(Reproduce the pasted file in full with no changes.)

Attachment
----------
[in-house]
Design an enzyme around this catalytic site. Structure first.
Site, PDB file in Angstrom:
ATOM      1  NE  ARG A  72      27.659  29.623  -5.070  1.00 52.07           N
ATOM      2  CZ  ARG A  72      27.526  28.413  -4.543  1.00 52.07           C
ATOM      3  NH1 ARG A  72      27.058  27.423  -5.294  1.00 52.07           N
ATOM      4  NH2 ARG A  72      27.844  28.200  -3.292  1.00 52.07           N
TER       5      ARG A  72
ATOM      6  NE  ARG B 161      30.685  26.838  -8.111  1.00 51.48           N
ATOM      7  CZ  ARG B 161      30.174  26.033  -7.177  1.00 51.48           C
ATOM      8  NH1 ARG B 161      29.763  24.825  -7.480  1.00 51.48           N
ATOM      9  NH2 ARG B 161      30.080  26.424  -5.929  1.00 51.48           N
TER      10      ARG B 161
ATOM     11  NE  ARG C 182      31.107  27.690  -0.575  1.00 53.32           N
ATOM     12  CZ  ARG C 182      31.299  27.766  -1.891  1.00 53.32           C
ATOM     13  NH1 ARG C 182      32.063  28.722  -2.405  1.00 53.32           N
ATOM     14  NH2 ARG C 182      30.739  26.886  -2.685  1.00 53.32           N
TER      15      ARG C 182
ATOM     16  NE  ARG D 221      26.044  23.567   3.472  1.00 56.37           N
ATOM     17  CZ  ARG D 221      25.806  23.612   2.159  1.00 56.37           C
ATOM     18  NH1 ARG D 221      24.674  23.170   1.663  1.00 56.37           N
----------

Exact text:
[in-house]
Design an enzyme around this catalytic site. Structure first.
Site, PDB file in Angstrom:
ATOM      1  NE  ARG A  72      27.659  29.623  -5.070  1.00 52.07           N
ATOM      2  CZ  ARG A  72      27.526  28.413  -4.543  1.00 52.07           C
ATOM      3  NH1 ARG A  72      27.058  27.423  -5.294  1.00 52.07           N
ATOM      4  NH2 ARG A  72      27.844  28.200  -3.292  1.00 52.07           N
TER       5      ARG A  72
ATOM      6  NE  ARG B 161      30.685  26.838  -8.111  1.00 51.48           N
ATOM      7  CZ  ARG B 161      30.174  26.033  -7.177  1.00 51.48           C
ATOM      8  NH1 ARG B 161      29.763  24.825  -7.480  1.00 51.48           N
ATOM      9  NH2 ARG B 161      30.080  26.424  -5.929  1.00 51.48           N
TER      10      ARG B 161
ATOM     11  NE  ARG C 182      31.107  27.690  -0.575  1.00 53.32           N
ATOM     12  CZ  ARG C 182      31.299  27.766  -1.891  1.00 53.32           C
ATOM     13  NH1 ARG C 182      32.063  28.722  -2.405  1.00 53.32           N
ATOM     14  NH2 ARG C 182      30.739  26.886  -2.685  1.00 53.32           N
TER      15      ARG C 182
ATOM     16  NE  ARG D 221      26.044  23.567   3.472  1.00 56.37           N
ATOM     17  CZ  ARG D 221      25.806  23.612   2.159  1.00 56.37           C
ATOM     18  NH1 ARG D 221      24.674  23.170   1.663  1.00 56.37           N